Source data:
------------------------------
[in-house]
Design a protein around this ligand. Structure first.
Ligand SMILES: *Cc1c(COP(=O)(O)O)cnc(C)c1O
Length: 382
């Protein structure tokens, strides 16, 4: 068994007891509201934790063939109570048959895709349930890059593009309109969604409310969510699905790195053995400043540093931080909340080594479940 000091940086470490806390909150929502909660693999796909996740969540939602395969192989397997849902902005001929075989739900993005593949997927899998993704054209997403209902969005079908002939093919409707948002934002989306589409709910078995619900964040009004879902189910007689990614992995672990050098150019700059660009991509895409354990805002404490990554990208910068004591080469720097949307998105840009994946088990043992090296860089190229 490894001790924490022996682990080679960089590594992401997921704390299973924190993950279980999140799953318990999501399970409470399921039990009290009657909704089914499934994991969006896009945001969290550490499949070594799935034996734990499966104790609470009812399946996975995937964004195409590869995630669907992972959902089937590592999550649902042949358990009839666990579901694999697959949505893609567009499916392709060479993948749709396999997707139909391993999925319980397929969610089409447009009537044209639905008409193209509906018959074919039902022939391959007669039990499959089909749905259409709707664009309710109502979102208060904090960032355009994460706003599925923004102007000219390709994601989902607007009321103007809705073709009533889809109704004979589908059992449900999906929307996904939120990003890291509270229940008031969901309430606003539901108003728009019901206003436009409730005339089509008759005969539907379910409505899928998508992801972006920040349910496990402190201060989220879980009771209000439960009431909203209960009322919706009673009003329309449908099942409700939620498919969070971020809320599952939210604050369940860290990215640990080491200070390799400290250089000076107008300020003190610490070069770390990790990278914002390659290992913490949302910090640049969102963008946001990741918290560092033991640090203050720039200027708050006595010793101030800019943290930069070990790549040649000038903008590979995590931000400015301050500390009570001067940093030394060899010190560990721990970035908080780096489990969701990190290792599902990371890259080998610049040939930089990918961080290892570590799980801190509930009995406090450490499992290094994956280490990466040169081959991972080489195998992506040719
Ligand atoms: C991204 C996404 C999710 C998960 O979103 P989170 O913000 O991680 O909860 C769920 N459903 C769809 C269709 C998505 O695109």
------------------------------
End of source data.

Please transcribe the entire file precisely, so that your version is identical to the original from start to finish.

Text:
[in-house]
Design a protein around this ligand. Structure first.
Ligand SMILES: *Cc1c(COP(=O)(O)O)cnc(C)c1O
Length: 382
């Protein structure tokens, strides 16, 4: 068994007891509201934790063939109570048959895709349930890059593009309109969604409310969510699905790195053995400043540093931080909340080594479940 000091940086470490806390909150929502909660693999796909996740969540939602395969192989397997849902902005001929075989739900993005593949997927899998993704054209997403209902969005079908002939093919409707948002934002989306589409709910078995619900964040009004879902189910007689990614992995672990050098150019700059660009991509895409354990805002404490990554990208910068004591080469720097949307998105840009994946088990043992090296860089190229 490894001790924490022996682990080679960089590594992401997921704390299973924190993950279980999140799953318990999501399970409470399921039990009290009657909704089914499934994991969006896009945001969290550490499949070594799935034996734990499966104790609470009812399946996975995937964004195409590869995630669907992972959902089937590592999550649902042949358990009839666990579901694999697959949505893609567009499916392709060479993948749709396999997707139909391993999925319980397929969610089409447009009537044209639905008409193209509906018959074919039902022939391959007669039990499959089909749905259409709707664009309710109502979102208060904090960032355009994460706003599925923004102007000219390709994601989902607007009321103007809705073709009533889809109704004979589908059992449900999906929307996904939120990003890291509270229940008031969901309430606003539901108003728009019901206003436009409730005339089509008759005969539907379910409505899928998508992801972006920040349910496990402190201060989220879980009771209000439960009431909203209960009322919706009673009003329309449908099942409700939620498919969070971020809320599952939210604050369940860290990215640990080491200070390799400290250089000076107008300020003190610490070069770390990790990278914002390659290992913490949302910090640049969102963008946001990741918290560092033991640090203050720039200027708050006595010793101030800019943290930069070990790549040649000038903008590979995590931000400015301050500390009570001067940093030394060899010190560990721990970035908080780096489990969701990190290792599902990371890259080998610049040939930089990918961080290892570590799980801190509930009995406090450490499992290094994956280490990466040169081959991972080489195998992506040719
Ligand atoms: C991204 C996404 C999710 C998960 O979103 P989170 O913000 O991680 O909860 C769920 N459903 C769809 C269709 C998505 O695109």